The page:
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Mongolia: turning tourism into a major part of the economy

The statistics are encouraging. In 2014 Mongolia registered 400,000 visitors, marking a new record. More than 60 per cent usually come to visit cultural attractions and historical sites and 42 per cent to enjoy the scenery and natural attractions. 60 per cent of those who have been to the country say they want to return. Over the past years German tourist numbers have been generally close to 10,000. Tourism accounts for 5.3 per cent of GDP. Oyunkhorol Dulamsuren, Mongolia’s Minister of the Environment, Green Development and Tourism, is aware that these are her country’s three main attractions. In her address at the opening of the ITB Berlin Convention she spoke of the country’s natural attractions, its many cultural aspects and the incredible hospitality. She was delighted to “be here among friends” and thanked the people of Berlin “for making her so welcome.” She had come here to learn, she added. “We want to improve our management skills,” the minister openly admitted. As the show’s partner country Mongolia was keen to present itself as a country that was dynamic and cared about nature. This was something many people had worked hard for. “We want to expand the tourism sector“, said Minister Dulamsuren at the opening of the ITB Future Day, “as tourism creates jobs.“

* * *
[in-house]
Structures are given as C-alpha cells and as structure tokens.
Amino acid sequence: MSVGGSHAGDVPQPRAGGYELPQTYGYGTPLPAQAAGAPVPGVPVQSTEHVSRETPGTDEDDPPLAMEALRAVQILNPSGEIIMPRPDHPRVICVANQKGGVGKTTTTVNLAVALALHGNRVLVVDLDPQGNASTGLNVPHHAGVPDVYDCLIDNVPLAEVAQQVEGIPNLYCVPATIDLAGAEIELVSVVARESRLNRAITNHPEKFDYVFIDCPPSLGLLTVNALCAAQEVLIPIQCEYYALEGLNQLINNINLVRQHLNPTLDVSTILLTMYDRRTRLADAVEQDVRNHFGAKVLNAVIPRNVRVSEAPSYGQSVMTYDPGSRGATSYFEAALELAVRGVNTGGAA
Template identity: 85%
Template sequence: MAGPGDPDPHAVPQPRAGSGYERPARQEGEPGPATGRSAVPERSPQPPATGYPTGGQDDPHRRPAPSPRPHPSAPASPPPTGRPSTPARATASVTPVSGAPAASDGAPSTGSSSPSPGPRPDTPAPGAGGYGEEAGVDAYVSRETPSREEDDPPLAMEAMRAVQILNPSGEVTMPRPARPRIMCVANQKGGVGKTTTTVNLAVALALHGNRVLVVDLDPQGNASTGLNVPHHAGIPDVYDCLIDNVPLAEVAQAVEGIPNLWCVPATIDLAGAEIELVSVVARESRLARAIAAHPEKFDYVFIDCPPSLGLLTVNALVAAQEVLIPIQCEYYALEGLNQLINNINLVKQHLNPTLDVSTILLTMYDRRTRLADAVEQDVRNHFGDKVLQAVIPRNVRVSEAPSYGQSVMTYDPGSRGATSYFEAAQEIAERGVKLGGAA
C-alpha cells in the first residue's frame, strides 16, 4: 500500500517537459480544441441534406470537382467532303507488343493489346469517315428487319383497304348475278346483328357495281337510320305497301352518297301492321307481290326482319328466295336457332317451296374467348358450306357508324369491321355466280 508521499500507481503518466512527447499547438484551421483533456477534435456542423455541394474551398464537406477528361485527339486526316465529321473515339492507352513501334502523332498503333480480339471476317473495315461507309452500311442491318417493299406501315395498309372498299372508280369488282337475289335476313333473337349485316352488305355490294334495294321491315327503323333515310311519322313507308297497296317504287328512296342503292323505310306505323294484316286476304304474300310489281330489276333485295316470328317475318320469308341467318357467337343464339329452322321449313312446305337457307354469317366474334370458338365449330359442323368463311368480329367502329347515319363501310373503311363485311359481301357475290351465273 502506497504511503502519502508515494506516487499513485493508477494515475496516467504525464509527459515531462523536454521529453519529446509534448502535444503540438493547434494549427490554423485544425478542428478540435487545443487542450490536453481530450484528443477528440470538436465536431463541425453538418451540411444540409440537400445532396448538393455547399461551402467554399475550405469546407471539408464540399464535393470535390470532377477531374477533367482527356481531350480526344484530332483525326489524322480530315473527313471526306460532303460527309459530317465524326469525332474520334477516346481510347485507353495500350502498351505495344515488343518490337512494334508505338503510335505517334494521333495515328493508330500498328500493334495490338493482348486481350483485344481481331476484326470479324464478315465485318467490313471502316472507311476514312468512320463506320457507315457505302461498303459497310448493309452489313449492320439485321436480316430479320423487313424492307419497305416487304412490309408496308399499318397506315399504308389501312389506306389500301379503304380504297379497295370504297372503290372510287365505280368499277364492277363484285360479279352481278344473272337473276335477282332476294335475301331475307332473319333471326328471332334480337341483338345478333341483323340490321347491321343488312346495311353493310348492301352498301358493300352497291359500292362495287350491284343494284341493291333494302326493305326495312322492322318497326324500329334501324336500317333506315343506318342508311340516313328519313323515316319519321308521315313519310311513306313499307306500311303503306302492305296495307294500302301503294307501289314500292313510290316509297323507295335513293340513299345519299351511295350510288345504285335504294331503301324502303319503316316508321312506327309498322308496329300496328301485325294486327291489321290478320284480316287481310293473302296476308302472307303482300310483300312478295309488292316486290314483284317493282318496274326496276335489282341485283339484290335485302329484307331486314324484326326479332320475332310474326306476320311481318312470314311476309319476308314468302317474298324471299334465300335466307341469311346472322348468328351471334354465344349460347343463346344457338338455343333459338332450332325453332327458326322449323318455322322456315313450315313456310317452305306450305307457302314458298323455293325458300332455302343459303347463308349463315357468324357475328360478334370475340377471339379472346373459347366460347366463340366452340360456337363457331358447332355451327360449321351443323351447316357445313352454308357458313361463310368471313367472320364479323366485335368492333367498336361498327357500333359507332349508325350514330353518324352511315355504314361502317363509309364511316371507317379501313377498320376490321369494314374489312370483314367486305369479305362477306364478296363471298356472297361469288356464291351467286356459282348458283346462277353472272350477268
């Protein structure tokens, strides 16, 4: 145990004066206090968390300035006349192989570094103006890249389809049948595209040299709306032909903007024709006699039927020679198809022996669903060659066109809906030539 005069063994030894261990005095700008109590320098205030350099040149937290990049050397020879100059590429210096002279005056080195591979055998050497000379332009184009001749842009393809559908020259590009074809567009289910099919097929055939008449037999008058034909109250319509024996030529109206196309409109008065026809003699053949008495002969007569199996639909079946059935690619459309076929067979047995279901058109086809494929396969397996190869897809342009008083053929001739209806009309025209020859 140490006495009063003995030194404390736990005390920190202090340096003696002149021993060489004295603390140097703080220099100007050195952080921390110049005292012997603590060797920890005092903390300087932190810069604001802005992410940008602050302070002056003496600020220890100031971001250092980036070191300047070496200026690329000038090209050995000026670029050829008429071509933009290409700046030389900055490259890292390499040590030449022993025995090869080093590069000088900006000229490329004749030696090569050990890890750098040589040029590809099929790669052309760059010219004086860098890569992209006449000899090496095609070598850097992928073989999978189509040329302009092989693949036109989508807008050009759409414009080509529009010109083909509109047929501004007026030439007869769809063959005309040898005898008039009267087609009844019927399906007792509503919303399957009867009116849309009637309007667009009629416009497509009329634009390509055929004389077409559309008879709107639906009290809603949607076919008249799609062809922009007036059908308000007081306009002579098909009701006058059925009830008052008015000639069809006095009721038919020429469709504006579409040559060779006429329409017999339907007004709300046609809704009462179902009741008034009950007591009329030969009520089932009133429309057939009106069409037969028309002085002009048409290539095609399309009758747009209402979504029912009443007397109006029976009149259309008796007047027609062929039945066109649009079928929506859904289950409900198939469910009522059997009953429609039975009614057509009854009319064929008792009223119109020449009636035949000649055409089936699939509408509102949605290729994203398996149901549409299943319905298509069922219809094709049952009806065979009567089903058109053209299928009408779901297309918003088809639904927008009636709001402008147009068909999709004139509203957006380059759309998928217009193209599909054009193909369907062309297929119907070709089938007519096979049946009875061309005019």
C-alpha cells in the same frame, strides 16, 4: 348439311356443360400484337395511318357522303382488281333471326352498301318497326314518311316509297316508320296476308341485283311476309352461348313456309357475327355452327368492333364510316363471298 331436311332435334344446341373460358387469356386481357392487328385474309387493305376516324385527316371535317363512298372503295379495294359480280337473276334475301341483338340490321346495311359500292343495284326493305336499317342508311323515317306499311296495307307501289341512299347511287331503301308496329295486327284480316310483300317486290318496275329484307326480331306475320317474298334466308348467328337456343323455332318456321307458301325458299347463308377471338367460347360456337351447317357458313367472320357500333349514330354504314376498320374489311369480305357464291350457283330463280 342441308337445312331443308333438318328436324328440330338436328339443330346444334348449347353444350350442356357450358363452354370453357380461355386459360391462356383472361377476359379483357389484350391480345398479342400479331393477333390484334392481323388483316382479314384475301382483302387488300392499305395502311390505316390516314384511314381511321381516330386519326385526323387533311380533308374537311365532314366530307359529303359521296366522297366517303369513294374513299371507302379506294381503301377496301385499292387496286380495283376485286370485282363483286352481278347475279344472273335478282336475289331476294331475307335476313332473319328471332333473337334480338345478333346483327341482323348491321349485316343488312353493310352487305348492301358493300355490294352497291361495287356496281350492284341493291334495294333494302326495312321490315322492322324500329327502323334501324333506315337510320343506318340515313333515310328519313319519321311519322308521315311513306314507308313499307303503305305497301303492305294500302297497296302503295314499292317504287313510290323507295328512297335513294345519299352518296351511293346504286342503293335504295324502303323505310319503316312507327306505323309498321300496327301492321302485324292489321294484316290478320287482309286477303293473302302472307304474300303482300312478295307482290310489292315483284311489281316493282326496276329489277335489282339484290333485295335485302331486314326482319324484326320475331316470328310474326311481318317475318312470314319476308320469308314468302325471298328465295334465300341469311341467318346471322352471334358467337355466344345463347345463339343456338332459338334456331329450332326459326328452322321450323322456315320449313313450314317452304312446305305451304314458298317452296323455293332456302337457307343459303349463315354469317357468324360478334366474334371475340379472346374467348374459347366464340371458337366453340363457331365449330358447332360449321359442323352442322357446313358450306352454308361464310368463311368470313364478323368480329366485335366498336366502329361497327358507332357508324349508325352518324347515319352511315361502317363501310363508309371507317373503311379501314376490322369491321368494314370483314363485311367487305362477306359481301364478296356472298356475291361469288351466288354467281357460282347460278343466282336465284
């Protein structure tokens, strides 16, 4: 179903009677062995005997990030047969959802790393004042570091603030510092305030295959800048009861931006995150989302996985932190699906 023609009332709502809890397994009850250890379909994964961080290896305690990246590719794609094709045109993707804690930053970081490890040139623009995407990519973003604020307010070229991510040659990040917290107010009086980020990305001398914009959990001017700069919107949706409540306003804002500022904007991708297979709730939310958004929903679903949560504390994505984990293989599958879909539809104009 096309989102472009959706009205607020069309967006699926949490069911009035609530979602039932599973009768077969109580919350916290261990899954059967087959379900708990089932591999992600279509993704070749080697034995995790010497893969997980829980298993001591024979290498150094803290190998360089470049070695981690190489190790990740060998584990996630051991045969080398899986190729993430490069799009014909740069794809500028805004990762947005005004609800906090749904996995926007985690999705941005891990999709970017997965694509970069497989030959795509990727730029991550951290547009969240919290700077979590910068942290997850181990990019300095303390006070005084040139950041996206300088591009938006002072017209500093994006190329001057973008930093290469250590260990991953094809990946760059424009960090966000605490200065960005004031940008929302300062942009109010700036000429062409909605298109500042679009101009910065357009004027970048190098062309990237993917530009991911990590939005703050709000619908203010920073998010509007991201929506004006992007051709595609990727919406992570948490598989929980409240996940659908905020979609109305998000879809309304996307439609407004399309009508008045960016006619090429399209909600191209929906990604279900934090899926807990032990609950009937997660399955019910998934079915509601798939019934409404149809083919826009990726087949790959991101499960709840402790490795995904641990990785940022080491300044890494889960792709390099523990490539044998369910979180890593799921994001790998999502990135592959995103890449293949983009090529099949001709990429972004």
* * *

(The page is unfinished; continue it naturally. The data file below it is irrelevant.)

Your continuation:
In terms of the economy especially, her country had become increasingly attractive in recent years. This was due to a wealth in natural resources that few other countries could boast. Mongolia with its population of three million was the world’s fourth fastest growing economy. In addition to mining and agriculture, the country’s main industries, the government wanted tourism to play a major part in the economy. Growth in prosperity meant that it was now possible to invest substantially in the infrastructure and urban development. In 2016 a new international airport 50 kilometres south of Ulaanbaatar is due to open. It boasts six runways and will operate around the clock. By 2020 Mongolia’s economy aims to be ranked eighteenth in the world. The goal is to attract two million tourists and for GDP to grow by 14 per cent. During the plenary session a poll was conducted which resulted 56 per cent responding that in the long term Mongolia needed more tourists.      Redaktionsbüro Schwartz

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